Like many people I thought it was Maya Angelou who wrote “ When I am old I will wear purple…” or some words to that effect; however, in checking on the cite, I see it was Jenny Joseph.
Jenny Joseph in Warning Poem writes,
When I am an old woman I shall wear purple
With a red hat which doesn’t go, and doesn’t suit me.
And I shall spend my pension on brandy and summer gloves
And satin sandals…
Funny how we grow into purple, a colour I shook my head at when my younger daughter adored it – always. But now, passed age 60 I cannot get enough variation of it, from lilac to purple-gray to almost fuchsia, it draws me like a hummingbird. From plum eye shadow to lavender shoes, it tickles me. I find it rich and regal and delightful, funny and fantastic. No surprise then it was once considered a royal colour , a spiritual colour highlighted by ermine by monarchs, its value cherished due to its longevity, obtained from Mediterranean sea snails.
Most people will tell you that getting older sucks. My mother used to guffaw at the notion of The Golden Age. There are more deep wrinkles, more aches, slower moves, more forgetting names and a trend towards being a lesser-you—unless of course you have the body of a power athlete and the sharp brain of a scientist. Perhaps that is why we spend hours on bettering ourselves on games such as Luminosity every morning and twisting into the difficult El Doa poses at Pilates as we try to preserve what is vanishing like snow that once glistened on the roof.
what I do find enjoyable is how people of a certain age have begun to dress, carving out their individuality through their wearing apparel.
And it seems to matter less how I look on a daily basis so if I slip out to the store with a bright green fannypack slung low on my protruding tummy, I hardly care. Wearing makeup for a jaunt to the grocer’s seems downright silly too. I see others my age behaving similarly. Hair is less than coiffed, maybe with a baseball cap pulled low, pants comfy and relaxed, not the tight pinched jeans emblazoned with designer monikers once purchased to display curves. I see in these other passerbys that I do not approach a kinship, a community of women who would, like me, adore wearing purple. Instead of following the latest fashion fads, they have become relaxed about themselves, their outward appearances, forgoing trends for individual eccentricity. Many have forged their own unique style. . I like that.
A month ago I observed at the corner of Yonge and Roxborough a mature woman who had put herself together as Annie Hall might have, hat, upturned collar, slouchy pants and I gasped –in pleasure. Not a Halloween getup but I assumed an outward expression of her appreciation of a way of dressing. Inwardly I laughed but thought if this were California, no one would even looked twice but applauded her ingenuity- or perhaps it was her own style that merely reminded me of Woody’s paramour Annie. In any case I enjoyed her way of arranging herself that spoke out.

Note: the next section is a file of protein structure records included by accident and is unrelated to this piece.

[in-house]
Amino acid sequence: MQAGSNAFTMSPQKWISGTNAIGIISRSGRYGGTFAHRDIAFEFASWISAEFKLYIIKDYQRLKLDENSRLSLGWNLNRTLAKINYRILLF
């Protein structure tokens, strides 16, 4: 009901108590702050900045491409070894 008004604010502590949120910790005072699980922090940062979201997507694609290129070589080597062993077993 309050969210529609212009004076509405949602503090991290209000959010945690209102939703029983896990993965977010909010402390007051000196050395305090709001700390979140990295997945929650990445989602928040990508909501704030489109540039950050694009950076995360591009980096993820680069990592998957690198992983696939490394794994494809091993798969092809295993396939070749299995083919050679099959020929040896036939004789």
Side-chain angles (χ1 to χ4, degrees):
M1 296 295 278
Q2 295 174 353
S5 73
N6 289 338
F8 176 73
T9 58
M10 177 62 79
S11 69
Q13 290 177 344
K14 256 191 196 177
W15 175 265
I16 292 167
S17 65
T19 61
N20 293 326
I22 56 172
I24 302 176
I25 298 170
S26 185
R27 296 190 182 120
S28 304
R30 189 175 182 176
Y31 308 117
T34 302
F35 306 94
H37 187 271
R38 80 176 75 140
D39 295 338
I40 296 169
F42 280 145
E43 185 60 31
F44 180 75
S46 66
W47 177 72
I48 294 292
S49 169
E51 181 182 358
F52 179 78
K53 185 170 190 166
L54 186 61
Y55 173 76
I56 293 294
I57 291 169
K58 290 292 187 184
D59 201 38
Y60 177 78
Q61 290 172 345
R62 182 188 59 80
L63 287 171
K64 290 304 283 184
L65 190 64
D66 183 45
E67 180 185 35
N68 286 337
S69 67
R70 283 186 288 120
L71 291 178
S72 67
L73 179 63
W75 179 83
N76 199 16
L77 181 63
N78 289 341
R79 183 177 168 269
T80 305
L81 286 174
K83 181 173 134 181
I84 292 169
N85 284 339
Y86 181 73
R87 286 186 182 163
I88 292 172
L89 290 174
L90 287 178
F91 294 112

In contrast 65 year old Caitlin Jenner’s pinup pose left me cold. When I read Judith Timson in The Star’s Current affairs, on Jun 03 2015 , I realized that Jenner was calling on the “ beauty” of her generation, not the present day, to identify herself as a fully attractive woman, complete with bustier and boobs. So it seems that even when we strike out, society has brainwashed us with indefatigable images – such as even the iconic Annie Hall- as we are tied to uphold and exceed the ideals with which we first struggled. To explain ourselves as women, we call on the concepts we associate with our sense of what is /even once was considered desirable ,packaging ourselves as society has suggested we might be, even quirky versions.
But rather than veer into the psychological, I prefer to stay on the outside , the textural superficial that charms the eye . For that reason I I love to contemplate the aesthetics of clothes and when Comme des Garcons, many many years ago first put seams on the outside of garments I thought it brilliant to turn a fabric inside out to reveal the construction of a piece of clothing. We could simultaneously view process and product. Wearing the internal on the external, bringing both parts together? How post-modern is that?
I adore the texture, the structure above all, the cloth, the design of things: from doorknobs to fabrics. I have thought that fashion is merely wearable art in the hands of a gifted crew. Who cannot gasp at the clothes of the protagonist in Scandal as she emblazons in white, donning her modern gladiator togs suitable for a heroine in Washington battling Evil. Maybe it is the reverse of the old you can’t tell a book by its cover, but here, oh yes! You can as the avenging angel avenges-so stylishly.
I have friends who put down Vogue magazine, noses pinched tightly above the glitter of fashion, but for me it is a rich picture book, often with Grace Coddington weighing in by visual references to paintings in her thoughtful borrowing from famous art works, landscapes in her fashion shoots. The recent gory tantalizing Hannibal television show does the same, rearranging his corpses a la Botticelli and it is so terrifyingly beautiful, you cannot tear your eyes from the scene as you peruse the horror of the frozen images arranged for perpetuity.
Perhaps art is in fact that: life fixed forever in a framed canvas. So why not elegantly painted scenes in the ground stones of cobalt or the Madonna faces that look beyond into another dimension or even the flashes of billowing colour combinations that speak to tensions, and freedoms and the presence that exceeds reality?
However, as I once again ruminate, moving from style to society mores to art, I want to recatch my initial fascination with how women dress. And in spite of Dial soap’s ground breaking decision to use real women in their advertisements, none, I believe, was wearing purple! Ha.